I’m a bit of a disastrous packer to be perfectly honest, so I’m not entirely sure why I’m including this section! But, I did learn a few things along the way that might be of some use to all my fellow disastrous packers! So, before I moved I done a big wardrobe clear out, getting rid of clothes I no longer wore. Once that was done, I decided on the stuff I wanted to take, dividing them into two separate pile; clothes I would be wearing immediately and clothes I would need in the coming months. So for me, I was packing a summer/autumn case and packaging a winter wardrobe, full of heavy coats, scarves and boots. An Post offer a 5-10 day shipping service at roughly €70 for a 20kg box to the US, allowing me to pack what I needed now and have the rest ready to ship over after. Some might think it’s expensive, but trust me, it’s A LOT cheaper than having to buy all that stuff here! Another piece of advice (maybe for those thinking of NYC in particular), the going out scene here is pretty casual, jeans and a nice top all the way! I made the mistake of squeezing in my entire going ‘out-out‘ wardrobe, but quickly learned that it’s just not the done thing here. I could probably count on one hand the amount of times I’ve worn a dressy dress and proper heels out over here. Weird, I know, but you get used to it. So moral of the story, if you’re struggling with a few extra kg’s, leave the stilettos behind. Also bear in mind that NYC apartments are often tiny, with limited wardrobe and storage space, so it’s probably unlikely you’ll have anywhere to keep it all anyway!
Finding a Job & Networking
Once you’ve applied and started making headways with your visa, there is nothing stopping you getting started on the job front either. Be sure to update your Linkedin, and upload your resume to Indeed and Monster and any other job portals that might be more specific to your industry, as soon as possible. It’s good to start getting an idea of the companies and industries you might be interested in working in. Don’t be shy to connect and reach out to people within these companies on Linkedin either. It’s the done thing and you have nothing to lose. However, to be perfectly honest you really can’t do all that much from the Emerald Isle until closer the time. I started applying and really trying to set up interviews about 2 weeks out from the move. Don’t get too stressed about finding work while you’re still at home, once you’re here it will all start to fall in to place.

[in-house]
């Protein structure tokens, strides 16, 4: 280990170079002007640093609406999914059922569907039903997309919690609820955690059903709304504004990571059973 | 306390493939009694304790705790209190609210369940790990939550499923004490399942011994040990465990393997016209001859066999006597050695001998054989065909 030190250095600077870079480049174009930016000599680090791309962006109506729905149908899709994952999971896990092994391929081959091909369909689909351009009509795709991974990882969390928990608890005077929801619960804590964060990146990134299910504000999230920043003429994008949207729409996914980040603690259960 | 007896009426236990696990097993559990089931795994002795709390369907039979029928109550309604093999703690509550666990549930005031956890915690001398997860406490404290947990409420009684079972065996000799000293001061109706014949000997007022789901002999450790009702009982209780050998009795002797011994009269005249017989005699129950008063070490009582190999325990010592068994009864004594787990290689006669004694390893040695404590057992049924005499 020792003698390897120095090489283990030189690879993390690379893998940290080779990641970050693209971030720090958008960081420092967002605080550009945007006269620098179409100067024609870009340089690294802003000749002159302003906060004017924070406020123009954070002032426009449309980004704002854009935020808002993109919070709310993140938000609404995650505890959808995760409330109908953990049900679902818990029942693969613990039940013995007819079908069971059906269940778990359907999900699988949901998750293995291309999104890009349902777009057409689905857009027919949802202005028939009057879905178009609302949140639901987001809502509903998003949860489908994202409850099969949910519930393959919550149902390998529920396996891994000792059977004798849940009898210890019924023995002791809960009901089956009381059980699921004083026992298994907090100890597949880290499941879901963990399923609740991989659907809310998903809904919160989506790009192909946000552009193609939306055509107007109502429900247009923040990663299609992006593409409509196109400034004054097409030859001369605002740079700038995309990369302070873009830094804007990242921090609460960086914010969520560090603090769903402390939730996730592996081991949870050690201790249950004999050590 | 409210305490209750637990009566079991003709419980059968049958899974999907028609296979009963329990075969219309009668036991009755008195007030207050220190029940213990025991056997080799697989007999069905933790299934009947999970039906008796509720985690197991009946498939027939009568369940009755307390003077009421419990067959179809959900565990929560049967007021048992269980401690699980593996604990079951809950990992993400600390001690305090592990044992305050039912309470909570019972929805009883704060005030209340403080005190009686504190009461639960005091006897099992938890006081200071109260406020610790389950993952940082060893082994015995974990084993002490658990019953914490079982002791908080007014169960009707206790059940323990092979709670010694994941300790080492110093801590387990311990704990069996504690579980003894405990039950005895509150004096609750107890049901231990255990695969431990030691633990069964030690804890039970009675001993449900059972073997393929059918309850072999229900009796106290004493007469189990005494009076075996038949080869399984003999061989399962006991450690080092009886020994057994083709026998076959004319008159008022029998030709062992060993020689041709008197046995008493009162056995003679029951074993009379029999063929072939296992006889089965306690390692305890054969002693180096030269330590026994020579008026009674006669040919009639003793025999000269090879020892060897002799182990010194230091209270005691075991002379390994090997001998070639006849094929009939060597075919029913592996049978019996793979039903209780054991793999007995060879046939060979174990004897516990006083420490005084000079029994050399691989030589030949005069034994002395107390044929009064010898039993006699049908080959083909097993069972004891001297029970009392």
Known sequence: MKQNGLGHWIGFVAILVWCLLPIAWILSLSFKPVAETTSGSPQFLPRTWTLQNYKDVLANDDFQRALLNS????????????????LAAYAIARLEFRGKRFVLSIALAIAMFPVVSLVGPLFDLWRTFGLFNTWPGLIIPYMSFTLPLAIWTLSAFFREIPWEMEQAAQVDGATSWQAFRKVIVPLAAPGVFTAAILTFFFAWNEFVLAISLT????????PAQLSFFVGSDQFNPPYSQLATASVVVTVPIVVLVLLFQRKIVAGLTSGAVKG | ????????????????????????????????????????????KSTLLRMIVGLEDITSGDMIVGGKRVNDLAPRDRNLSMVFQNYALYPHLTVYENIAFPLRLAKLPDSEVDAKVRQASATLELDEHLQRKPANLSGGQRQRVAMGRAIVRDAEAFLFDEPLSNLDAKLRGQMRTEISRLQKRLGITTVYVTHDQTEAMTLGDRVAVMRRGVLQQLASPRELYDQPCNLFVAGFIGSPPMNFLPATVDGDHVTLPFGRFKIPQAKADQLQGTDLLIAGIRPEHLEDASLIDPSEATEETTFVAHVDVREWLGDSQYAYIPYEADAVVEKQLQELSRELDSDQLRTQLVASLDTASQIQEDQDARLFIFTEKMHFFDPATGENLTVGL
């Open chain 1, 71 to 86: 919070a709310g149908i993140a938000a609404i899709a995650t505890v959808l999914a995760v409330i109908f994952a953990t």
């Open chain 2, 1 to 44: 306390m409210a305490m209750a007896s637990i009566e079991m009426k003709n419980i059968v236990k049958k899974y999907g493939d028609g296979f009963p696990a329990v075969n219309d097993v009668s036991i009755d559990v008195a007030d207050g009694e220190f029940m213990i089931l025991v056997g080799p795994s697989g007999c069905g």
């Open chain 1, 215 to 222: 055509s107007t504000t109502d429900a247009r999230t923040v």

As much as people like to steer away from networking, it really can play a major part in you getting that job you want. There are always lots of different networking events that you should try to get to when you first arrive. Not only will it help in meeting potential employers, you will also meet other graduates and young professionals in the same position as you. Just bear in mind, the visa only allows you 90 days to secure work, so be sure to get the ball rolling before they chase you up. I’ve included some Irish networking events/communities that can be useful when you first arrive –
The Apartment Hunt
The dreaded apartment hunt was probably one of the things I was dreading most before making the move, having heard just how expensive renting can be here. I’m very lucky in that I have family here who were happy to have me stay, which was so nice and definitely made the process of actually moving and settling a whole lot easier. That being said, I knew it wouldn’t be long before I wanted my own place. I took advantage and enjoyed the first few weeks in the city, soaking up the reality that I didn’t have to pack up again anytime soon, and then got stuck into the apartment hunt. Deciding on the neighbourhood/borough you want to live in is something I’d definitely give some thought to. Factors I’d keep in mind are your commute to work, being close to friends/younger demographic, and how safe you feel in that neighbourhood. After looking at some pretty dodgy places in some pretty dodgy areas, I soon learned in order for me to settle and feel at home, I needed somewhere I could feel safe.
Renting over here is very different to Ireland or anywhere else I’ve rented before. Not only are the rental prices pretty insane, anywhere from $850 per month (if you’re lucky!) to $1400+ per month for one room, but to secure an apartment you need credit. ‘Good credit’, a phrase soon to become the bain of your life. Credit is king in NYC, and a pain when you first arrive because it’s not something you have until you have an American credit card and can begin to build credit. Alternatives to this are upfront payments of 12 months rent (LOL, right?!), or a US Guarantor. Most landlords also require first and last months rent as a deposit. On top of this there are broker fees, which is the person you owe for finding you the apartment. But don’t panic, there is also subletting which most people do when they first move over. This is where you just take over someone else’s lease and pay a deposit. Apartments also come unfurnished so bear this in mind if you’re thinking of getting your own place. I’ve included some sites that might help those thinking of NYC –
Facebook pages –
Live Your Best Life!
So now that you’ve got this far and all the boring ‘adult-ing’ is out of the way, it’s just about living your best life! Thanks for reading and I hope it answers at least some of your 101 questions! I’m sure I’ve left so much out so don’t be afraid to shoot me a message if you’ve any questions.